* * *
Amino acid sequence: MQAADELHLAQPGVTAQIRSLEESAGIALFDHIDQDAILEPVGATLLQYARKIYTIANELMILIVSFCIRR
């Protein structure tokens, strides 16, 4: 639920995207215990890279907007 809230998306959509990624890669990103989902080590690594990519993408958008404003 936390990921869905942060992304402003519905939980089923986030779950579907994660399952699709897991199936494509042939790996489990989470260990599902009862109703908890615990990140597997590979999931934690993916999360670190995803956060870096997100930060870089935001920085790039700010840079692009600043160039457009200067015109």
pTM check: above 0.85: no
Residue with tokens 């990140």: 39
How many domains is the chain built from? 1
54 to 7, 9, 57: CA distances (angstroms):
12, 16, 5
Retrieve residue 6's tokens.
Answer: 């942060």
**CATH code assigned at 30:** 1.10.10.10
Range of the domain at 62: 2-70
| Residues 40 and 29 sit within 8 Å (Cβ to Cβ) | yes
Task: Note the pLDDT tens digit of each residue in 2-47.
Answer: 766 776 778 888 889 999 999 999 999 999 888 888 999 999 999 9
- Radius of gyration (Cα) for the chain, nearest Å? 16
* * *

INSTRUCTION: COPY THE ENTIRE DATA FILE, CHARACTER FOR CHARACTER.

Amino acid sequence: MQAADELHLAQPGVTAQIRSLEESAGIALFDHIDQDAILEPVGATLLQYARKIYTIANELMILIVSFCIRR
């Protein structure tokens, strides 16, 4: 639920995207215990890279907007 809230998306959509990624890669990103989902080590690594990519993408958008404003 936390990921869905942060992304402003519905939980089923986030779950579907994660399952699709897991199936494509042939790996489990989470260990599902009862109703908890615990990140597997590979999931934690993916999360670190995803956060870096997100930060870089935001920085790039700010840079692009600043160039457009200067015109």
pTM check: above 0.85: no
Residue with tokens 């990140």: 39
How many domains is the chain built from? 1
54 to 7, 9, 57: CA distances (angstroms):
12, 16, 5
Retrieve residue 6's tokens.
Answer: 């942060």
**CATH code assigned at 30:** 1.10.10.10
Range of the domain at 62: 2-70
| Residues 40 and 29 sit within 8 Å (Cβ to Cβ) | yes
Task: Note the pLDDT tens digit of each residue in 2-47.
Answer: 766 776 778 888 889 999 999 999 999 999 888 888 999 999 999 9
- Radius of gyration (Cα) for the chain, nearest Å? 16